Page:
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Tom Jicha

Tom Jicha grew up in New York City and worked with John Pricci at the short-lived revival of the New York Daily Mirror. Tom moved to Miami in 1972 for a position in the sports department at the now defunct Miami News.

Tom became the TV critic in 1980 and moved to the South Florida Sun Sentinel in 1988. All the while he has kept his hand in sports, including horse racing. He has covered two Super Bowls, a World Series and the Breeders’ Cup at Gulfstream Park.

He's been the Sun Sentinel’s horse racing writer since 2007 as a staff member, and continues to this day as a free-lancer.

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Friday, December 27, 2013


Eclipse selections and the reasons why



With all due respect to the Breeders' Cup, it is not a one race season to determine championships, especially this year.

MIAMI, Dec. 27, 2013--I respect the Breeders’ Cup. I anticipate it for weeks. I love the spectacle. I applaud its intentions to identify the best of the best.

All things being equal, the winners of Breeders’ Cup races should wear the crown of at least a divisional championship. However, all things are not always equal or even fairly equal, especially this year.

This struck me as I was filling out my Eclipse Awards ballot. The majority of horses I voted on top did not win on Breeders’ Cup weekend. One of those that did was an agonizing decision I wavered on until I hit the button to submit my choices.

Here’s the way my ballot looked and the reasons I came to the conclusions I did.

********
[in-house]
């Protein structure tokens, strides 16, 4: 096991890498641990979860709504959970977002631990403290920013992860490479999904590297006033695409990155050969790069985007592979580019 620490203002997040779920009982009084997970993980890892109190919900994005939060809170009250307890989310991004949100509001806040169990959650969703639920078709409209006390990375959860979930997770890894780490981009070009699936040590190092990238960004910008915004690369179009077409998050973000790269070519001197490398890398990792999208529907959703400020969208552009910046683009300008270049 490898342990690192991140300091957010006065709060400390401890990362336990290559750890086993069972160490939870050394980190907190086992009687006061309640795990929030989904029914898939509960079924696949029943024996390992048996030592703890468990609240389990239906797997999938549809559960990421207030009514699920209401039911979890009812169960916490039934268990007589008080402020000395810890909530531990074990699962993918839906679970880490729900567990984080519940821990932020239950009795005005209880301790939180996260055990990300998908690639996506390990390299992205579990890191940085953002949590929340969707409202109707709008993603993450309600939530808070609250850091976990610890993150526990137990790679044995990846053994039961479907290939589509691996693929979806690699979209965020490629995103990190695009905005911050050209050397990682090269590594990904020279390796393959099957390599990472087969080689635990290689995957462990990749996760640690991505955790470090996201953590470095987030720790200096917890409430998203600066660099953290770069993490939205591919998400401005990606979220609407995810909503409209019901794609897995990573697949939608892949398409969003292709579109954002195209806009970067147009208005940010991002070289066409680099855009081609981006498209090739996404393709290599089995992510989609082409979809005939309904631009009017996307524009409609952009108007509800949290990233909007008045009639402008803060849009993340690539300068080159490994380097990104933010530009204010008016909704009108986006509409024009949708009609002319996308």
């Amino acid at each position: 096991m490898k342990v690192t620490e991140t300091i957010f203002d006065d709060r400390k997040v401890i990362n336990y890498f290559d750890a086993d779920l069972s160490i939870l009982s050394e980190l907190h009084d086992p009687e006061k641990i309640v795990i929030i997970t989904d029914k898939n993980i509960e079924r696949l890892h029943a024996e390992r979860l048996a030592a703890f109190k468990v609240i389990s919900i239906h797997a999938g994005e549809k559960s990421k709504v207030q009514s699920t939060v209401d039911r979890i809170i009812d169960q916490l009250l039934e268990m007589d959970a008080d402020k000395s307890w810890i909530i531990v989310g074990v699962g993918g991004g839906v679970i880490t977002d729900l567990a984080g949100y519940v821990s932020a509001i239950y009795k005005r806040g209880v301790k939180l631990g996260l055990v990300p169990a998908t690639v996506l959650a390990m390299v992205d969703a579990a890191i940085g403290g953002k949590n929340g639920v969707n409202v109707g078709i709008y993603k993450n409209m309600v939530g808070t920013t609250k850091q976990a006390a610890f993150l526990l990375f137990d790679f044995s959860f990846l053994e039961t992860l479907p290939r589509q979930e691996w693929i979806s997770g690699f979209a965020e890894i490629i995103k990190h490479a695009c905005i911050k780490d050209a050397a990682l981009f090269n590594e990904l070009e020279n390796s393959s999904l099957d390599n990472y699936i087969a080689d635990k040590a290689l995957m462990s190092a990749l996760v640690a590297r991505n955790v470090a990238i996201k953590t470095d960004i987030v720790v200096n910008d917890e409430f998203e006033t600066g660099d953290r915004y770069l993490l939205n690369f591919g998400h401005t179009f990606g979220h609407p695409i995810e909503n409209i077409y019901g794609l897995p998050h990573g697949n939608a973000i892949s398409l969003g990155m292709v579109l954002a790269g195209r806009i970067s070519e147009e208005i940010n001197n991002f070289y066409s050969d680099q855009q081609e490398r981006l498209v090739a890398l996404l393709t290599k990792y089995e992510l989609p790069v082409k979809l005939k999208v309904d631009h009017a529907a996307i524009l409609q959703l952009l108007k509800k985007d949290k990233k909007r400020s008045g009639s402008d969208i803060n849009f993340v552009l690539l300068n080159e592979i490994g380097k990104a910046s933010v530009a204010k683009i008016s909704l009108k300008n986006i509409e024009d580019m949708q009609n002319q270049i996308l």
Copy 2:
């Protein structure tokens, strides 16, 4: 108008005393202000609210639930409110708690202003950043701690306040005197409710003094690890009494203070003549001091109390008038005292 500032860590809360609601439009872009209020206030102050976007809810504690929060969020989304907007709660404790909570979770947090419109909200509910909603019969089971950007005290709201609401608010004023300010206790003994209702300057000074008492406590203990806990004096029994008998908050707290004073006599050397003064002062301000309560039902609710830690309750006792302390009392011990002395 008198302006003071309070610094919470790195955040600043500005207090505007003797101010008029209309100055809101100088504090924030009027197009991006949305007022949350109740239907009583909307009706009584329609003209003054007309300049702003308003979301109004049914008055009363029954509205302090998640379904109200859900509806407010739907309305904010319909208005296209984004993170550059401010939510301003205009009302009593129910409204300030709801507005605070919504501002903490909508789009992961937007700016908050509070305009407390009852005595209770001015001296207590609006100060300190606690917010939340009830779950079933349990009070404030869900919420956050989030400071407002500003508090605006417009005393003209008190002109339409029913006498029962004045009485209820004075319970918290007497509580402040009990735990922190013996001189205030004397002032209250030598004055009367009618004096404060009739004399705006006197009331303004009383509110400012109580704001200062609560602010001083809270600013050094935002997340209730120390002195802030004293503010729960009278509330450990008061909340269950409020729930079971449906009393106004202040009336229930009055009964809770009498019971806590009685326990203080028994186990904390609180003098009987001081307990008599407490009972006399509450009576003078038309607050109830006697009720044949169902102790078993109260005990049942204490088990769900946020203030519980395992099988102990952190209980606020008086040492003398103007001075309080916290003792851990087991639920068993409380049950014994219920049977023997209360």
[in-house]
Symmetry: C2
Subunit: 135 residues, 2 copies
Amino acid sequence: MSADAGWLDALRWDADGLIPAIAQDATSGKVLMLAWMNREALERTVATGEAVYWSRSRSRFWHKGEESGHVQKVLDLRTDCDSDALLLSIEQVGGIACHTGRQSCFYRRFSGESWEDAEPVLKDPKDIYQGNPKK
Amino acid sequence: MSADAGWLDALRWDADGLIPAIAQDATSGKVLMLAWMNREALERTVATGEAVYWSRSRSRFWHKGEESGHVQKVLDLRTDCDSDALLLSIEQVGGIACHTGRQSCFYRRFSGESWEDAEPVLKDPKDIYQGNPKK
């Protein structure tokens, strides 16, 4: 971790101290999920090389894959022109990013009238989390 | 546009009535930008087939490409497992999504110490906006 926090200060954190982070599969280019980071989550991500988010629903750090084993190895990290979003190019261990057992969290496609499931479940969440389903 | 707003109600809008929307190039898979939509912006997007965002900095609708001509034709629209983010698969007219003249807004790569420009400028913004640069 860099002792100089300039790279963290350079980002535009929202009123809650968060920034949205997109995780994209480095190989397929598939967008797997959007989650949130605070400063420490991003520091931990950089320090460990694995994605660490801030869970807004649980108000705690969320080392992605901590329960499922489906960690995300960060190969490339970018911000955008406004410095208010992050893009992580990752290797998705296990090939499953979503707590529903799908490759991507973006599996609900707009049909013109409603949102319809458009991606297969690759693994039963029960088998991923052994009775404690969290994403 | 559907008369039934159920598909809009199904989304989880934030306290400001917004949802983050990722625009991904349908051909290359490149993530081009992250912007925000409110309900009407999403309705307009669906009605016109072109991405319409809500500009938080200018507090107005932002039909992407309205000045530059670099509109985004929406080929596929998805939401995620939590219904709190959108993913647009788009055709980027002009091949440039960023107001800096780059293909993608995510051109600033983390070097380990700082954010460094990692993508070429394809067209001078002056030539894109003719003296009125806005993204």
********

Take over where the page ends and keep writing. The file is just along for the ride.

2-year-old male—New Year’s Day. This was the category in which I changed my mind repeatedly right up to the moment of truth. No horse excited me more than Shared Belief. However, I couldn’t get past the fact that all three of his wins came on synthetic tracks. If he had even one win on conventional dirt, my decision would have been different. Arguments that Hollywood’s Cushion Track plays more like conventional dirt than any of the synthetics almost convinced me to ignore my own prejudice, based on the history of synthetic stars becoming busts on conventional dirt. But Hollywood was still a synthetic. Taking this into consideration, the Breeders’ Cup Juvenile winner is the obvious choice.

2-year-old female—She’s a Tiger. I’m not overly excited by any of them and had to settle for a filly who lost her last two starts, albeit the BC Juvenile Fillies by DQ. Two of her stakes wins were on synthetics but she did cross the wire first on Santa Anita’s main track and broke her maiden on conventional dirt. Streaming impressed in the Hollywood Starlet but again, it was on a fake dirt track.

3-year-old male--Will Take Charge. Until he ran down Game on Dude in the Clark I was prepared to vote for Orb. The Kentucky Derby is still America’s race. The Triple Crown is what 3-year-old racing is all about and WTC ran 8th, 7th and 10th, all three times behind Orb. But Orb did nothing after the Classics while Will Take Charge closed with a flourish.